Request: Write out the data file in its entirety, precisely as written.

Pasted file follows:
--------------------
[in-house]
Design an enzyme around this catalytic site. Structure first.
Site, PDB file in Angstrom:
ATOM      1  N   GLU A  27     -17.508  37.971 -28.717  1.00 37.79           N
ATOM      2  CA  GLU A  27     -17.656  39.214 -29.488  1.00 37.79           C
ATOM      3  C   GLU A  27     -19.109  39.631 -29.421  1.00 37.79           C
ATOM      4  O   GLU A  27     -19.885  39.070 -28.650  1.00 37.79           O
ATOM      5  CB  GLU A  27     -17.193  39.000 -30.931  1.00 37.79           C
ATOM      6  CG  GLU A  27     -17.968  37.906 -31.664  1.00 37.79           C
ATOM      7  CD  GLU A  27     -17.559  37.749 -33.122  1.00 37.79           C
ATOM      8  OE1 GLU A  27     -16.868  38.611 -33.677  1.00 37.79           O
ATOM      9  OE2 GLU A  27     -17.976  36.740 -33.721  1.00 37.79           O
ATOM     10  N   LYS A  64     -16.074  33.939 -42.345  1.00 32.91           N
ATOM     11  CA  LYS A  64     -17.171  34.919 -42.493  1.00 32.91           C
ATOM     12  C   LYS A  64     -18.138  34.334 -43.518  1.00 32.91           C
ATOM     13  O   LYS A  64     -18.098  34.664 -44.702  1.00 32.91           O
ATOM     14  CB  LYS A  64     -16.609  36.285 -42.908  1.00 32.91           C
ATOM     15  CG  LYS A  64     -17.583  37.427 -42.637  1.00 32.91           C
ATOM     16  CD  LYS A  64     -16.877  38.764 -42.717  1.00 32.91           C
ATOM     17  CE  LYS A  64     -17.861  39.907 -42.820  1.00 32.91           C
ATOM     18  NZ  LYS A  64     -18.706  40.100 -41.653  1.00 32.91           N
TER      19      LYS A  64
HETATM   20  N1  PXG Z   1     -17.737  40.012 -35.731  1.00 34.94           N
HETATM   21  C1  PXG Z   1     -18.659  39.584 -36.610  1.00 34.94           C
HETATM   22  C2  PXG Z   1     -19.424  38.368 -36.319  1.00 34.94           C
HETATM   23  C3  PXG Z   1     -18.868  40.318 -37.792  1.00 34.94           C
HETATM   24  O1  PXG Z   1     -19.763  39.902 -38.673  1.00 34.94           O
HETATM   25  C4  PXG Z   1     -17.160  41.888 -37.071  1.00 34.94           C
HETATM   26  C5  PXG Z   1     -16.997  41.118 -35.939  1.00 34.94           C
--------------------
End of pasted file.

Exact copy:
[in-house]
Design an enzyme around this catalytic site. Structure first.
Site, PDB file in Angstrom:
ATOM      1  N   GLU A  27     -17.508  37.971 -28.717  1.00 37.79           N
ATOM      2  CA  GLU A  27     -17.656  39.214 -29.488  1.00 37.79           C
ATOM      3  C   GLU A  27     -19.109  39.631 -29.421  1.00 37.79           C
ATOM      4  O   GLU A  27     -19.885  39.070 -28.650  1.00 37.79           O
ATOM      5  CB  GLU A  27     -17.193  39.000 -30.931  1.00 37.79           C
ATOM      6  CG  GLU A  27     -17.968  37.906 -31.664  1.00 37.79           C
ATOM      7  CD  GLU A  27     -17.559  37.749 -33.122  1.00 37.79           C
ATOM      8  OE1 GLU A  27     -16.868  38.611 -33.677  1.00 37.79           O
ATOM      9  OE2 GLU A  27     -17.976  36.740 -33.721  1.00 37.79           O
ATOM     10  N   LYS A  64     -16.074  33.939 -42.345  1.00 32.91           N
ATOM     11  CA  LYS A  64     -17.171  34.919 -42.493  1.00 32.91           C
ATOM     12  C   LYS A  64     -18.138  34.334 -43.518  1.00 32.91           C
ATOM     13  O   LYS A  64     -18.098  34.664 -44.702  1.00 32.91           O
ATOM     14  CB  LYS A  64     -16.609  36.285 -42.908  1.00 32.91           C
ATOM     15  CG  LYS A  64     -17.583  37.427 -42.637  1.00 32.91           C
ATOM     16  CD  LYS A  64     -16.877  38.764 -42.717  1.00 32.91           C
ATOM     17  CE  LYS A  64     -17.861  39.907 -42.820  1.00 32.91           C
ATOM     18  NZ  LYS A  64     -18.706  40.100 -41.653  1.00 32.91           N
TER      19      LYS A  64
HETATM   20  N1  PXG Z   1     -17.737  40.012 -35.731  1.00 34.94           N
HETATM   21  C1  PXG Z   1     -18.659  39.584 -36.610  1.00 34.94           C
HETATM   22  C2  PXG Z   1     -19.424  38.368 -36.319  1.00 34.94           C
HETATM   23  C3  PXG Z   1     -18.868  40.318 -37.792  1.00 34.94           C
HETATM   24  O1  PXG Z   1     -19.763  39.902 -38.673  1.00 34.94           O
HETATM   25  C4  PXG Z   1     -17.160  41.888 -37.071  1.00 34.94           C
HETATM   26  C5  PXG Z   1     -16.997  41.118 -35.939  1.00 34.94           C